The walk over to the clinic takes about fifteen minutes, and it’s mostly comprised of me feeling really cold again and Trixie trying to make me feel better about what had just transpired at rehearsal.
It’s much brighter outside now, and the scenery is a stark difference from what it is during the spring and summer months. There are white mounds of piled up snow and barren trees everywhere.
Several people are crowded at the various bus stops in their heavy winter gear as vapor escapes their mouths and nostrils.
Everything looks so bleak, and winter’s only just begun. We’re barely two weeks in and already the place looks like fucking Antarctica.
I sigh, resigning myself to the reality that I’m going to have to deal with five more months of this crap.
We finally get to the clinic, and I feel my skin crawl as soon as we walk through the transparent glass doors. I fight the urge to hold my breath as I feel an expected wave of nausea rushes over me. I do my utmost best not to freak out. I don’t exactly have the best memories of places like this.
I hate clinics.
And sick bays.
And any other types of health centers and facilities.
Just being in them makes me feel ill.
Trixie and I are rudely ushered into the main waiting lounge by one of the disgruntled-looking receptionists where we wait.
And wait some more.
It takes two and a half bloody hours for the nurse practitioner to see me from the time we get there. I’m really not an impatient person, and I get that waiting times can be long, especially since the clinic’s services are free to students—which is the only reason I can even come here—but come on!
I mean, seriously? It’s not even that crowded today, and they don’t start giving out flu shots for like another month. And after what I endured this morning, I don’t think I have a lot of patience for much else today.
After watching several staff members walking up and down the hallway, going through seven issues of various magazines and countless ‘safe sex’ brochures, I finally get called into one of the examination rooms.
Trixie, despite her own impatience, continues to wait for me in the waiting room, playing Angry Birds on her phone to keep herself from catapulting a projectile at someone in real life.
I’m really happy she’s here.
Despite her outward appearance, she’s one of the most caring people I know. She’s such a gem, and with my grandma three and a half hours away and not many other people I can depend on, I’m pretty sure my life would be a lot less exciting and a helluva lot more depressing had we not sat next to each other on the first day of orientation. Our friendship was practically instantaneous, and she’s been one of the few people who’s fully embraced me ever since I started school here.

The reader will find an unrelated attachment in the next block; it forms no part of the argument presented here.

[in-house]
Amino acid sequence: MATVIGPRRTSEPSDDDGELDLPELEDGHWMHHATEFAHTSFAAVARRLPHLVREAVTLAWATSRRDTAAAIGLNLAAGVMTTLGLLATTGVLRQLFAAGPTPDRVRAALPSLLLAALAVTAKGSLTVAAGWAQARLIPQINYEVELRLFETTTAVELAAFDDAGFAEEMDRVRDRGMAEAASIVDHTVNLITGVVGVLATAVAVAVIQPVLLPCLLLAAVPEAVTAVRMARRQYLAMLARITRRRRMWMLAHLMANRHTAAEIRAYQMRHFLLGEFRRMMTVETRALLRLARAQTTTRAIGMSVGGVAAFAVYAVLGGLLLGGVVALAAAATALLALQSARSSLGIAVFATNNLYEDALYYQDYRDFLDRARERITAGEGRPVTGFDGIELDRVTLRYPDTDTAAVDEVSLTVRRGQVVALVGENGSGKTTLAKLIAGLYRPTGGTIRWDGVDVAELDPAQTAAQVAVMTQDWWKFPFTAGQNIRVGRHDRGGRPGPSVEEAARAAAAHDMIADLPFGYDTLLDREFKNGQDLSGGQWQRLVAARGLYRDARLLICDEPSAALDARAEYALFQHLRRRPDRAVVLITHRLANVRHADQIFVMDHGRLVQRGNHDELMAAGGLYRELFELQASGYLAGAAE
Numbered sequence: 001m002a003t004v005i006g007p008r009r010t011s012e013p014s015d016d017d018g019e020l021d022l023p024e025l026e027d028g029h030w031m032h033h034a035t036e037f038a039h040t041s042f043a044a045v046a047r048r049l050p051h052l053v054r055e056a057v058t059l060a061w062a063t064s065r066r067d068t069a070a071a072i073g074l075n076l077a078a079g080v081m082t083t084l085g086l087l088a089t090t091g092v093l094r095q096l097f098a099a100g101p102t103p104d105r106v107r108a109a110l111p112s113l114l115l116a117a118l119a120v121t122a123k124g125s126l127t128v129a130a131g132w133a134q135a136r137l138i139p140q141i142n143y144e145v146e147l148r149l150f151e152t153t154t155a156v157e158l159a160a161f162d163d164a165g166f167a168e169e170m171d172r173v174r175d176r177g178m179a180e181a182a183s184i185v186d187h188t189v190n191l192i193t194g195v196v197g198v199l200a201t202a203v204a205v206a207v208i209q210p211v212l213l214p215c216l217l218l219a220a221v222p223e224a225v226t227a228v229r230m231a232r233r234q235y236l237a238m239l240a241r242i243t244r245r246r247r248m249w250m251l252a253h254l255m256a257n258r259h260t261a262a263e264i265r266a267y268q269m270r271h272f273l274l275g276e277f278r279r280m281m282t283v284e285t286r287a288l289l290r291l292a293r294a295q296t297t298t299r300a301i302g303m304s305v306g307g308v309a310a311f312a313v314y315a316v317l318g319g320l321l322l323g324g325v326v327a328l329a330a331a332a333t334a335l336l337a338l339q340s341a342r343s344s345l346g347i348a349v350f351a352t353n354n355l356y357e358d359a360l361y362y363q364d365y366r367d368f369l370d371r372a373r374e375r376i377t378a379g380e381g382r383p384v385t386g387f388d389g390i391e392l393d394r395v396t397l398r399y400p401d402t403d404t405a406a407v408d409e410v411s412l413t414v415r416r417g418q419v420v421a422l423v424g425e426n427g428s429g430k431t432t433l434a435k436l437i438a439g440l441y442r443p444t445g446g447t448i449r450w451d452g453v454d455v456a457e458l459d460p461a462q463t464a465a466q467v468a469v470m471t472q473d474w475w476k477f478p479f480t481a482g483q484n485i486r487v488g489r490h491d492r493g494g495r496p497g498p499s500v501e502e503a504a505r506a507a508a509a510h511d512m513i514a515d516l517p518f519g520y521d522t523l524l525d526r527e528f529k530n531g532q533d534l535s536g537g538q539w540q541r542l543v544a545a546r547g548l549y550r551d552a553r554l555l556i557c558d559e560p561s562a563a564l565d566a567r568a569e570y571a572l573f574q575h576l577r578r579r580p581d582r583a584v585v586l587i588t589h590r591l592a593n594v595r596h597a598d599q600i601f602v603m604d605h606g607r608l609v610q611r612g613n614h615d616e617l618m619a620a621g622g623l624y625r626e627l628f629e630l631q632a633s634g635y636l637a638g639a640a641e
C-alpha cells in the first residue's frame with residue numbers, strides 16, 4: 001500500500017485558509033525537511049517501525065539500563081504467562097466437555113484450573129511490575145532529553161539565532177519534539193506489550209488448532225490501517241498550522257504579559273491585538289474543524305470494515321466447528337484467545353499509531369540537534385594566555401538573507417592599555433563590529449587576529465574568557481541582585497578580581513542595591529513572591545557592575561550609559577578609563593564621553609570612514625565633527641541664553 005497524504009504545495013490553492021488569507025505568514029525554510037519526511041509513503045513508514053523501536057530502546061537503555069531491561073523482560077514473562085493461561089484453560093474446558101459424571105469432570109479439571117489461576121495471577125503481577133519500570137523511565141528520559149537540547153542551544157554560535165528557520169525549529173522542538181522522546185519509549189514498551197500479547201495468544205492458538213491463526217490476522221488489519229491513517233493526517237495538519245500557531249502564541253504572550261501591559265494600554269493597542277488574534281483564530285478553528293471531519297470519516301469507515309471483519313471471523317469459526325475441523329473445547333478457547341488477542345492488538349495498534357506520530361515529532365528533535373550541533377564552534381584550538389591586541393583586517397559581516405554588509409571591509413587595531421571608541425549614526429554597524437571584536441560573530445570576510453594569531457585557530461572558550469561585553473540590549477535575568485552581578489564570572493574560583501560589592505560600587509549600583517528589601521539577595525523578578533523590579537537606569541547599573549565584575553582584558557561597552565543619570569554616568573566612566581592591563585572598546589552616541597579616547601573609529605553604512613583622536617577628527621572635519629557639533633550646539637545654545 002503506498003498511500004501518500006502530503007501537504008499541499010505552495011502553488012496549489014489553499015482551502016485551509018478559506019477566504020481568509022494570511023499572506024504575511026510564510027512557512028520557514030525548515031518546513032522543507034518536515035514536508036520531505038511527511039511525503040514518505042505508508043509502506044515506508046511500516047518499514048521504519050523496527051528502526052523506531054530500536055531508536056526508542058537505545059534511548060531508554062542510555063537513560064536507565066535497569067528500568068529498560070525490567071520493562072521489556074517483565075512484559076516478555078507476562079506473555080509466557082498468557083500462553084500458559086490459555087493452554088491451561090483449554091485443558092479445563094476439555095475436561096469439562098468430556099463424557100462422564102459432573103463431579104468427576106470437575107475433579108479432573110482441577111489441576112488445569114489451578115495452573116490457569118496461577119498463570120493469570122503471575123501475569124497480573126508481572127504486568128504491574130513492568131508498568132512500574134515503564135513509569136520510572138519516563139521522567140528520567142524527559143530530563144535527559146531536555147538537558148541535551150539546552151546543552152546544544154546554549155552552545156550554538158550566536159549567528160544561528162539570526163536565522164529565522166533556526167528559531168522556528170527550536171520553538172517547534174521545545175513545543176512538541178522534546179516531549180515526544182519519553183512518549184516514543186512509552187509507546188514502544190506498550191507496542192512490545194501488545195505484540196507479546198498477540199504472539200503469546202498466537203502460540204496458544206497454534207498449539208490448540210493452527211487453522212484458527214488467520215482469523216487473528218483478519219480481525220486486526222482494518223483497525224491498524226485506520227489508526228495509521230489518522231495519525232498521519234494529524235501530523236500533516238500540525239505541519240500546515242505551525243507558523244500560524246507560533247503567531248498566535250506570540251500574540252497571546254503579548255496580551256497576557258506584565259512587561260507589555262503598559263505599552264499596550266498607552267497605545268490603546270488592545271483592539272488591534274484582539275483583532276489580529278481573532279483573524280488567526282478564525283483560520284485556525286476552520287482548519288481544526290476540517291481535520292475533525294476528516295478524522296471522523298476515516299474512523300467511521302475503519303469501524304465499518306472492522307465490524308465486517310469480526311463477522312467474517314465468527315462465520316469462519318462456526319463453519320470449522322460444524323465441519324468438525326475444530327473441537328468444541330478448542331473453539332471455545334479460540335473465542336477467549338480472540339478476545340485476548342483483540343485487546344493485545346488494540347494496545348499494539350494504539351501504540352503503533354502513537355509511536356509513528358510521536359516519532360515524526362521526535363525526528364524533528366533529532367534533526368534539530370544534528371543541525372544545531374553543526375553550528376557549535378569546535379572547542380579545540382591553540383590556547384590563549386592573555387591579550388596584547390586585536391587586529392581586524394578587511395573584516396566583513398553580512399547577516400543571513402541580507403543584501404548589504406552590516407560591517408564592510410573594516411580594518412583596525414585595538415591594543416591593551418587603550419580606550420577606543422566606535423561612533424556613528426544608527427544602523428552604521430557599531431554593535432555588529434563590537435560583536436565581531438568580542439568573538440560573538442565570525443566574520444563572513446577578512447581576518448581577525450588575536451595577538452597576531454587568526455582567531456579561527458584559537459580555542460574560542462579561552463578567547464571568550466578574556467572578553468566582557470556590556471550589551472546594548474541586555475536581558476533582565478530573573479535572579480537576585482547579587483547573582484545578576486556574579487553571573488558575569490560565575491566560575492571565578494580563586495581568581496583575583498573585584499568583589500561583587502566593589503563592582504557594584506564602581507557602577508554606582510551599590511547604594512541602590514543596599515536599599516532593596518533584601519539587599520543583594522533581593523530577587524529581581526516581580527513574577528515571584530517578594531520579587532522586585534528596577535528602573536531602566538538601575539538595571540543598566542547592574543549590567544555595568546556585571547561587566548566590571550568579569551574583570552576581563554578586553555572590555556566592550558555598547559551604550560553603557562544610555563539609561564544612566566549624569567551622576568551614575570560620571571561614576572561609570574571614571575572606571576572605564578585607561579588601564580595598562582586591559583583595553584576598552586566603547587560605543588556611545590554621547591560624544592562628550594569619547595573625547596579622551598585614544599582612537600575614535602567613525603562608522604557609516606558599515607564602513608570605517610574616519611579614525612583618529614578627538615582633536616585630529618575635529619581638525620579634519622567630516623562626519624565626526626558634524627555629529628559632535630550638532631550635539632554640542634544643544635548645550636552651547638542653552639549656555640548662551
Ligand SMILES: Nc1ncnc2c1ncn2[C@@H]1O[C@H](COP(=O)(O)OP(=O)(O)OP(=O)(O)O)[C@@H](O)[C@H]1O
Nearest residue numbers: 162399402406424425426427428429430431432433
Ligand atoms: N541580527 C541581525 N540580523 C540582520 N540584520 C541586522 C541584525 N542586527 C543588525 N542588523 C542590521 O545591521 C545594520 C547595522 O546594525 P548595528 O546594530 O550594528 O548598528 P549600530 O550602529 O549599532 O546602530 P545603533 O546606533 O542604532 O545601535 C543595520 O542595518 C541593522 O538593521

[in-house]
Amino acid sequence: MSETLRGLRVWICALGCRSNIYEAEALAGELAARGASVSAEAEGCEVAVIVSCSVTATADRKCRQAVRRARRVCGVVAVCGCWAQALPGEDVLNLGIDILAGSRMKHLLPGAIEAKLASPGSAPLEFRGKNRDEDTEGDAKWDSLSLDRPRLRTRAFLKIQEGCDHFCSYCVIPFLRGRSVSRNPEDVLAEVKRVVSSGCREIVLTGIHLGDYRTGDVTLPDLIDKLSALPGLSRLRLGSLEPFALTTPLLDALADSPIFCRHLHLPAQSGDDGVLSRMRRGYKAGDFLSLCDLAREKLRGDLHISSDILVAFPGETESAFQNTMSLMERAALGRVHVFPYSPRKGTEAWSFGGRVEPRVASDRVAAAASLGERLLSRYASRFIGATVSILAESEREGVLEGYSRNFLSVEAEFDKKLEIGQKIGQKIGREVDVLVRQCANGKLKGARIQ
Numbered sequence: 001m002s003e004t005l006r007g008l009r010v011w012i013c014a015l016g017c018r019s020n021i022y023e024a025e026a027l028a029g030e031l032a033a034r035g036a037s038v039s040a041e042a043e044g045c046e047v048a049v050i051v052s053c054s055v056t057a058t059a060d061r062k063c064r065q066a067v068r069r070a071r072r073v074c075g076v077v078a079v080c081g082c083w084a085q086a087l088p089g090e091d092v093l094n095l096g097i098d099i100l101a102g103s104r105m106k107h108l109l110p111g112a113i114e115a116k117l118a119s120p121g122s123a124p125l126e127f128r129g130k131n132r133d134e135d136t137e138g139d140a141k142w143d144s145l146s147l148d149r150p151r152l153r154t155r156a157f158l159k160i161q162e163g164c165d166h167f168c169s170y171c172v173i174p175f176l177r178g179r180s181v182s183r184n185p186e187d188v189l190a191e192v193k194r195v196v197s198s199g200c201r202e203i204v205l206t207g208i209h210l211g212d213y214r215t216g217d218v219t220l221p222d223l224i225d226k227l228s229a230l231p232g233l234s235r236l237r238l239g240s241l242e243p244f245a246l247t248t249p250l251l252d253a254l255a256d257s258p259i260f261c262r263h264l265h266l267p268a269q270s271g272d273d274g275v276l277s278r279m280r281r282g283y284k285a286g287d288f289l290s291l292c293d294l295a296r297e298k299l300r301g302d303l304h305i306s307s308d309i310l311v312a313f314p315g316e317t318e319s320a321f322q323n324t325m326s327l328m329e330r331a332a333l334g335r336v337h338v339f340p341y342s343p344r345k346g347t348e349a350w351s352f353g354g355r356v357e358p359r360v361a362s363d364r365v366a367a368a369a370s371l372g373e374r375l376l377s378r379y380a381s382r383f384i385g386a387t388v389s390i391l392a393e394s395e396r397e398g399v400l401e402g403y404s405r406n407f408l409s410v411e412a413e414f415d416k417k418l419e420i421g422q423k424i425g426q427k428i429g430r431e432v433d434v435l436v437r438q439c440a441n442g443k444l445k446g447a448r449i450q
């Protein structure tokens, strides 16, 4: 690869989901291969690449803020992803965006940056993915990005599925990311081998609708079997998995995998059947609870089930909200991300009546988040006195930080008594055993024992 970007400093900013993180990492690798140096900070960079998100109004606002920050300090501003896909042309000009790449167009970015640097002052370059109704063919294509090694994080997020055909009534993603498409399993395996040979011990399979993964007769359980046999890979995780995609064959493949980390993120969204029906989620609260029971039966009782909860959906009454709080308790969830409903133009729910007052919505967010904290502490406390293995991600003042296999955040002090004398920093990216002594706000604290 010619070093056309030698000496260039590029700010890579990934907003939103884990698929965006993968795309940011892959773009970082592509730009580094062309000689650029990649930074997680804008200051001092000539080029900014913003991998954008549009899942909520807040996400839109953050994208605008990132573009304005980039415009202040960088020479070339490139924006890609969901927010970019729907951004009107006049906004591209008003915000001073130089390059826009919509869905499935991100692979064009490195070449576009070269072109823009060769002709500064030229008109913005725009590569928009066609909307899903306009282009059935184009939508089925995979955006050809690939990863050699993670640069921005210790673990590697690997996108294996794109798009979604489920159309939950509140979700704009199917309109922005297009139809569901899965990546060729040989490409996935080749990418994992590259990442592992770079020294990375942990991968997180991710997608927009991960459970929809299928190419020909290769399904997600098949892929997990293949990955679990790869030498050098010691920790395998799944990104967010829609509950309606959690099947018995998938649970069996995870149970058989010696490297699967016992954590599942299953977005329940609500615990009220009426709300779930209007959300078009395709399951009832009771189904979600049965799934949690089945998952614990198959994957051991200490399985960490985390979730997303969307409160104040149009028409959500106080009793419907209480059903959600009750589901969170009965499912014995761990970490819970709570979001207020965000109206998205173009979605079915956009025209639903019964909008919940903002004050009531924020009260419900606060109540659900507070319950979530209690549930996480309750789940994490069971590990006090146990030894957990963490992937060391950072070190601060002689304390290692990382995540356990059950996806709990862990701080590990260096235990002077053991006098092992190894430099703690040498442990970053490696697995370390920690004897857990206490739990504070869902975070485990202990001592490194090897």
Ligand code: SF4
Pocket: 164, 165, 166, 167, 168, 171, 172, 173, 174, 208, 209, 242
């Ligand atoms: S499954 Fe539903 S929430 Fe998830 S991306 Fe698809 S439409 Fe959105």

I shut the door behind me, and another wave of nausea hits me as I take in the bland white walls and the sterile smell of the closed room. I feel goosebumps forming on my skin and the hairs on the back of my neck stand at attention.
I feel trapped.
I hear the smacking of rubber against skin and turn to see a woman in maybe her early fifties or so putting on a pair of disposable gloves. The blue translucent latex fits a bit loosely on her slender hands.
“You can put your bag over there, hon,” she says as she points over to an equally white countertop by a barred window. The idea of leaving any of my belongings unattended here makes me feel extremely uneasy.
Maybe I should’ve just left my stuff with Trixie in the waiting room. I reluctantly place my bag and jacket where she suggests, eyeing it from time to time as I lie on the examination bed.
She brings out some equipment including a pressure meter and a thermometer, presumably to take my blood pressure and other vitals. I feel the pressure on my wrist increase as the band tightens with each squeeze she gives the pump.
My eyes travel over to the laminated name tag clipped onto her breast pocket.
Her name is Jane…
Like my mother.
I glance at her face again, admiring the way she focuses and her level of concentration at the task at hand. She really does look like a Jane; poised and graceful with a subtle and quiet strength about her. Women like this are often overlooked, but are always missed dearly when they’re gone…
Like my mother.
I feel my chest constricting again as the threat of oncoming tears burn my eyes. Today is just not a good day. I wish I would have just slept in and said I was sick. I sure as hell feel like it now.
As Jane continues to take my vitals, she asks me a range of questions including, “Are you currently sexually active?”, “When was your last period?”, “When were you last sexually active?”, and “How many sexual partners have you ever had?”
Six years ago.
Personally, I think most of the questions are irrelevant to my situation, but I guess they’re pretty standard for college girls everywhere, especially here in a Wisconsin college town where the only thing everyone does aside from drink obscene amounts of alcohol is screw everyone who drinks obscene amounts of alcohol.
She finally gets to the actual examination, ushering me to lift my top as I lay back. The air feels warm on my exposed skin, but not even that can get rid of the chills this place gives me.
She proceeds to examine my torso, intermittently pressing her gloved hands firmly on various areas of my belly.
“Let me know if you feel any pain,” she says.
I nod, “Okay.” It barely comes out in a whisper. I’m so uncomfortable right now. The only thing that’s making this even remotely bearable for me is her soothing and endearing voice. She seems like a really sweet and patient person, and I hope my show of discomfort doesn’t make her think I’m just being a bratty tool or a whiny crybaby.
Her fingers wallow around for several seconds as I feel nothing but the rubbery texture of latex and the rapid thudding of my heart in my chest.
She presses firmly right under the center of my ribcage and my body retreats on reflex.
Okay. That’s definitely the spot.